I’ve had a little challenge going for myself since New Year’s Eve. To be a tad more frugal during the month of January, I’m avoiding grocery stores and working through what we have in the fridge and the pantry. To be fair, we all did just safely escape the most food-laden time of year, and I did have a house full of guests, so that means we were very well stocked and I so I have quite a bit of residue.
But it’s January 9th and I haven’t been to a grocery store for anything. That has to be a new world record for me. Seriously. Going to the grocery store is like entertainment to me, but when I go, I not only purchase what’s on my list, I purchase other items that strike my fancy because let’s face it: one can never have a pantry that is too well stocked, right?
The only problem is, the menu is getting a little heavy on the carbs, and when that happens, I crave beef. Not a hamburger. Not pieces chopped for a stew. Nothing with a sauce or that’s been marinated.
Steak. Just plain old steak.
So I rummage around in my freezer knowing there’s something in it to take care of my craving, and because I’m not Martha, I need improvement in the “buy in bulk on sale, split up and freeze for later” department, so don’t always mark my packages. I am improving, however. Sometimes, different cuts of beef surface, or the three of us split one if it’s a decent size. But it makes no difference to us, because it’s steak.
And what could go better with steak than fries?
Have you ever made your very own Pommes Frites? It’s Friday. Why not turn your kitchen bar into a French Bistro tonight? Come on. Liven things up a bit and think of all the money you’ll be saving instead of going out.
You could even end up with a bit o’ romance in the process.
Steak & French Fries
2 lbs. russet or Yukon Gold potatoes, peeled or unpeeled
vegetable oil for frying
beef steaks for three
salt, pepper, minced garlic
- Scrub potatoes and rinse well. Cut lengthwise into large matchsticks, about 1/4-1/3″ thick. Rinse again, and allow to drain on a clean terry cloth. Pat dry if necessary.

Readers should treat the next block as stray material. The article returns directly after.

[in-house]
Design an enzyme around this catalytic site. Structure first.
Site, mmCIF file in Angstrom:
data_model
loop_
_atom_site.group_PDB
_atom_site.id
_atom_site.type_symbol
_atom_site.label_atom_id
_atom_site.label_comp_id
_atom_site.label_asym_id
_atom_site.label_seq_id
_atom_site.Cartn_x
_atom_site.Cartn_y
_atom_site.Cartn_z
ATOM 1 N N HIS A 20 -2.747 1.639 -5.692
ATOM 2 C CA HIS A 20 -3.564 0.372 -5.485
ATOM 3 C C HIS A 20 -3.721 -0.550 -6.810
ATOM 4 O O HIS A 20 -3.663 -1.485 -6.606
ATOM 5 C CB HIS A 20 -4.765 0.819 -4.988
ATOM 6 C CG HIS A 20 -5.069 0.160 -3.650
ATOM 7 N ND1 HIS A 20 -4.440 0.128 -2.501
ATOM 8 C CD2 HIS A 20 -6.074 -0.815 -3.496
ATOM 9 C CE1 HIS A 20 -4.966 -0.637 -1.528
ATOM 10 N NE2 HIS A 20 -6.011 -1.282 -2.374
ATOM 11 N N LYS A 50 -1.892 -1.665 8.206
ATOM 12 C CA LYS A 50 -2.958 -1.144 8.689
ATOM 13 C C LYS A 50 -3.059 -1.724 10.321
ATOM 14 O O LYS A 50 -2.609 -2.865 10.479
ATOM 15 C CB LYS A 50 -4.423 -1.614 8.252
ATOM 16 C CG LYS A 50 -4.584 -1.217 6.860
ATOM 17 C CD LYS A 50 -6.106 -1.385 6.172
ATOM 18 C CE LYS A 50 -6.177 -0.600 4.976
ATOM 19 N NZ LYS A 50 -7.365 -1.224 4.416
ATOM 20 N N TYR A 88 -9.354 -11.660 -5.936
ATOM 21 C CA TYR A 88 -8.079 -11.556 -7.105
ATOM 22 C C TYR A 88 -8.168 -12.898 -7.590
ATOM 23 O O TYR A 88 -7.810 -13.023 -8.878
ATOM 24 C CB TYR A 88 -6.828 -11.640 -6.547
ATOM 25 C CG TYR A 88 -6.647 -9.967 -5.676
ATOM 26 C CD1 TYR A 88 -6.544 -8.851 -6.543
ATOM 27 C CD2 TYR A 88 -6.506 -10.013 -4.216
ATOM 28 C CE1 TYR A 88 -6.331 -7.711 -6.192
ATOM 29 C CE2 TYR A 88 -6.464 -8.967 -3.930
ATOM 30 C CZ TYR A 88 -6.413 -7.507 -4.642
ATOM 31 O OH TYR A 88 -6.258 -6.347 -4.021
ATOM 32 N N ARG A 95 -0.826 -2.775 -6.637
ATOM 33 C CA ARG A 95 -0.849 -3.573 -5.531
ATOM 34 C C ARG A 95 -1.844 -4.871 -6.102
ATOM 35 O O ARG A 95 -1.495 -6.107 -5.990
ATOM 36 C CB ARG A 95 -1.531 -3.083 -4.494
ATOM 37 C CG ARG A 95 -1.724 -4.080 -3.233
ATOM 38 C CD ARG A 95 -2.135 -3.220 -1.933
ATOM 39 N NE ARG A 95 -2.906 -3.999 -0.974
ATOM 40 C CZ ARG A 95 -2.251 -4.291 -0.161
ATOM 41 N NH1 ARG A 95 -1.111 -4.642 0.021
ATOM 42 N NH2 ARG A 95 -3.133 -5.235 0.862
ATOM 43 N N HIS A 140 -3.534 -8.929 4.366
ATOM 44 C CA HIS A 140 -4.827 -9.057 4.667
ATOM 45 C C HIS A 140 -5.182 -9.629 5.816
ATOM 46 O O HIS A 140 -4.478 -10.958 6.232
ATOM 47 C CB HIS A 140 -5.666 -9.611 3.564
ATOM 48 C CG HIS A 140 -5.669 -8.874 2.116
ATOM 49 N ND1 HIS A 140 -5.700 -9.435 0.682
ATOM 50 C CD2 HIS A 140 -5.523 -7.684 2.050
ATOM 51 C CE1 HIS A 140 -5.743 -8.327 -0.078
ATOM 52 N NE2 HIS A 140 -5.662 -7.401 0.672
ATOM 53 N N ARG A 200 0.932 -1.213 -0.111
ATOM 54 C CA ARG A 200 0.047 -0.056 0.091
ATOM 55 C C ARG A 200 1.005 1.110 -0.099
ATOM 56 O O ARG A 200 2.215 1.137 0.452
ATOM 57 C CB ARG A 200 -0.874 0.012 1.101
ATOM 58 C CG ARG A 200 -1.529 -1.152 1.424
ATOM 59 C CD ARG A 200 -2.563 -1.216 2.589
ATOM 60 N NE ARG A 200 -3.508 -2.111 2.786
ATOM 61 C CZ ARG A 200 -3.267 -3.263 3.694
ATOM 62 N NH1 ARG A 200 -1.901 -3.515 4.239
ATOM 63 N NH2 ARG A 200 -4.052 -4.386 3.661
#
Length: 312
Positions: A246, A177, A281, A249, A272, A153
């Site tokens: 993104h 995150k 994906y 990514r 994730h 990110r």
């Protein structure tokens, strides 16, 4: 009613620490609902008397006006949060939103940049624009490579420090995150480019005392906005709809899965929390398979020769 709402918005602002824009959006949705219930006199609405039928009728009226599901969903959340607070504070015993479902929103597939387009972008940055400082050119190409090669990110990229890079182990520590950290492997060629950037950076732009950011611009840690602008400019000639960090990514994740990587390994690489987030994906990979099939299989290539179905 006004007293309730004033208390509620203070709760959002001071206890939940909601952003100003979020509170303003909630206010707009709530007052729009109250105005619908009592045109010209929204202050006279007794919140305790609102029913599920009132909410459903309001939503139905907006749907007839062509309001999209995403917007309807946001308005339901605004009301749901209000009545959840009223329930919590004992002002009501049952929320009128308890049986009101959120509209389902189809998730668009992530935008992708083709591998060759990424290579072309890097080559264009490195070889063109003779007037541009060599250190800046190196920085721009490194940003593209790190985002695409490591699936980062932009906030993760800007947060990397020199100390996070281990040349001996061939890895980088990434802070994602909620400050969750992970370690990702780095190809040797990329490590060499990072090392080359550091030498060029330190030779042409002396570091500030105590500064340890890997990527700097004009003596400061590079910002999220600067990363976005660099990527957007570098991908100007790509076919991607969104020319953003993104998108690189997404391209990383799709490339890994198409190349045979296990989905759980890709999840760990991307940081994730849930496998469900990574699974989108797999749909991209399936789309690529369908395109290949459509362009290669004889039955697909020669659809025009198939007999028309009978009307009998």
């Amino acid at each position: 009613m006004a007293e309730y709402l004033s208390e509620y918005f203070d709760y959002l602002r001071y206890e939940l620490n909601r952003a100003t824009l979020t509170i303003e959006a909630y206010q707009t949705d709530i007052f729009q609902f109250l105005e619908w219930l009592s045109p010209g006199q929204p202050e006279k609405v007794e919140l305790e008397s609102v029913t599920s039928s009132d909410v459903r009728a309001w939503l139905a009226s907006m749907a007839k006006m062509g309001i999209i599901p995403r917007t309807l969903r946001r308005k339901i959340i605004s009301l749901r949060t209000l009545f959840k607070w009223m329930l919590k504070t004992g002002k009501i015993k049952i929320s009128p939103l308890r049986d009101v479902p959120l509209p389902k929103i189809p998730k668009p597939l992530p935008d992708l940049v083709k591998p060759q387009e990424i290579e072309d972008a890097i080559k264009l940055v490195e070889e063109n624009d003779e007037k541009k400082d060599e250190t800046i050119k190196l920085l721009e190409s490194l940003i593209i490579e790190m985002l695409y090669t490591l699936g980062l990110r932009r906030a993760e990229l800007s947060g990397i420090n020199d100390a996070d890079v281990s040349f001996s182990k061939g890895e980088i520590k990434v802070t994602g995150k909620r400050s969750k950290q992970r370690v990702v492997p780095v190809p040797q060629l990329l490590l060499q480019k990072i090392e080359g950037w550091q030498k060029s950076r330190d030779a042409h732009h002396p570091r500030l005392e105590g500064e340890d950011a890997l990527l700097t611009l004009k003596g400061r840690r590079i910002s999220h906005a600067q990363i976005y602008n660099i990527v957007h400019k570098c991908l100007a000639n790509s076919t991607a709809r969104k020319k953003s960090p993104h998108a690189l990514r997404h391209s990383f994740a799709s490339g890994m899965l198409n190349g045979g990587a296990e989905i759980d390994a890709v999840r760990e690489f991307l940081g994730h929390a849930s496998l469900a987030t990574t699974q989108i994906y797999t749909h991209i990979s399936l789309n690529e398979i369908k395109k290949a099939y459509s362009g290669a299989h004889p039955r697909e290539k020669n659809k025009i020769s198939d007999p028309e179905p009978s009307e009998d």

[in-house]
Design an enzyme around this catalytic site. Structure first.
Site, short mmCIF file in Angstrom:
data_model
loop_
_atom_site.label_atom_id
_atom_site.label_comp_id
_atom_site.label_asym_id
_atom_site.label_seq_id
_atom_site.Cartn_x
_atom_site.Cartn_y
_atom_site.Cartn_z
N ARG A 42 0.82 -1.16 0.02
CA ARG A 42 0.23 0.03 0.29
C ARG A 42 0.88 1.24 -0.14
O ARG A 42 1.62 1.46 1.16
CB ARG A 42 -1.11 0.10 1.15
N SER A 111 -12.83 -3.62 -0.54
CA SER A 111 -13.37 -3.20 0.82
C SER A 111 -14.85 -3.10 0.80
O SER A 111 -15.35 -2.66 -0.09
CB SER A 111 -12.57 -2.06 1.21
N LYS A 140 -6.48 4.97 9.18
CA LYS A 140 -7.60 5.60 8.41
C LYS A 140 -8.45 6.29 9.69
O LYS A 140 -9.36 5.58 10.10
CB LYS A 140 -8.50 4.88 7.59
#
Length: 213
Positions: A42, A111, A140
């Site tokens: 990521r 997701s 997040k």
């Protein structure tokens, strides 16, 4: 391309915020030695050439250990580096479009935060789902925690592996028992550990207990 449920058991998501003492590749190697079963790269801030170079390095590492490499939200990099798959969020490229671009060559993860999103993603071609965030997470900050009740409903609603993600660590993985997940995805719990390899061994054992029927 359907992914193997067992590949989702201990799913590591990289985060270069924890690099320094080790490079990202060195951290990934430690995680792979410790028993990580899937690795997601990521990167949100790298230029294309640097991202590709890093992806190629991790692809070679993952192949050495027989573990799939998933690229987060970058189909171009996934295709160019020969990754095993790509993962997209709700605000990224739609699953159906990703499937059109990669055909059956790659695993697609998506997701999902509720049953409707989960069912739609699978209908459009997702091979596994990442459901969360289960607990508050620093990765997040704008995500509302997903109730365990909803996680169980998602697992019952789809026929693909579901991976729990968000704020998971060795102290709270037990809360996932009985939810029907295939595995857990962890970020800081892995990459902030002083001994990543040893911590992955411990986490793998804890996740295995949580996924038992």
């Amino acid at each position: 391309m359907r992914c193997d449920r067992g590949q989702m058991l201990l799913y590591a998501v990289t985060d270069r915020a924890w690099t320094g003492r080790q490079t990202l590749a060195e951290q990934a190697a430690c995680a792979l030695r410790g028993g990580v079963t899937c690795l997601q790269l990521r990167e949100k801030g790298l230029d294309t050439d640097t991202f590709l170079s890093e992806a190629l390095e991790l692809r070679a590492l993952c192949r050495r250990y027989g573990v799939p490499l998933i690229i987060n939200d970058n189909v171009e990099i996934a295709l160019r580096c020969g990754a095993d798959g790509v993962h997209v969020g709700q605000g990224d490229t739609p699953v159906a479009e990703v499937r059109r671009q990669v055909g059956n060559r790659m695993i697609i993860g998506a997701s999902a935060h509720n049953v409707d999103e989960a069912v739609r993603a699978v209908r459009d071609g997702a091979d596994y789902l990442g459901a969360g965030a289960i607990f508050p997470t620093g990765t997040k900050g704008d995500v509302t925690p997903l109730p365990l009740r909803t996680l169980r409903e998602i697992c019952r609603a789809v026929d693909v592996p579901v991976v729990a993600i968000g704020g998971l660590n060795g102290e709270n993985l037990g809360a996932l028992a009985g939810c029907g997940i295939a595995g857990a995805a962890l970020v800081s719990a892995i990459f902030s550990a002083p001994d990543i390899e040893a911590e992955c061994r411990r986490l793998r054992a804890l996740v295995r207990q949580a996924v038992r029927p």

- In a pot deep enough to pour the vegetable oil about half way up the sides, attach a food thermometer and heat the oil to about 310 degrees F.
- Working with small batches, gently plunge the potatoes into the oil until they begin to develop color, about 6-7 minutes. Remove the potatoes from the oil and allow to drain on layers of paper towels.
- Allow the oil to return to 310 degrees F before adding another batch of potatoes and repeating the process until finished. Turn down the heat under the oil.
- At this point, you may prepare your steak to your liking. See notes for what we like to do.
- When the steak is nearly done, turn the heat under the oil up. When it reaches 360 degrees F, return all the fries to the pot all at once, cooking until they’re golden brown and crispy. Remove from the oil, and allow to drain on fresh layers of paper towels. Sprinkle liberally with a good sea salt.
- Pour some red wine, light a candle or two, choose some music and enjoy your Friday evening bistro at home for quite a bit less than you would if you went out.
- My husband and I make these together. It’s more fun and comes together very quickly.
- I’ve tried other methods of making french fries and have decided this double fry method works best. The fries are crispy on the outside and soft on the inside.
- You have to make sure the oil is at temp each time you begin or you’ll have greasy, and/or limp fries. Why not just go to a fast food joint for those?
- Look at the paper towels you’ve “drained” the fries on. If you’ve gotten the temp correct, there will be little or no oil on the towels, and what’s there will most likely be from the strainer you used to remove the fries from the oil.
- For years I’ve used a $15 Wilton thermometer that attaches to the side of my pan. Before that, I used an old Hamilton Beach electric wok I no longer have. Now I have a new fangled digital thermometer (Maverick) that I can program temps into. It makes a sound when my temp has been reached.
- We use one of those wire basket strainer spoons (Joyce Chen) to lower the potatoes into the oil, and to take them out. It keeps the oil from splashing.
- Don’t put too many fries into the oil at once. It reduces the heat too quickly, and then you risk soggy fries.
- You can go through the first fry up to an hour before serving time, so this is a great make ahead dish.
- For the steak, I purchase good meat (usually rib eye) when it’s on sale and is in “family pacs.” If the pieces are large, I cut them up before freezing always thinking about portion size. None of us eat a whole steak any more. A portion for us is usually around 5-6 oz. Dollarwise, our portions end up costing about what you’d pay for a Whopper. No contest.
- Mince some fresh garlic and mix it with coarse sea salt & cracked pepper. Rub it on both sides of the meat, and then heat a skillet or griddle until it’s very hot (water splashed on it will skip across the surface). Sear the meat until a nice crisp exterior begins to develop and then flip to the other side. Do this only once. To determine doneness, use this test.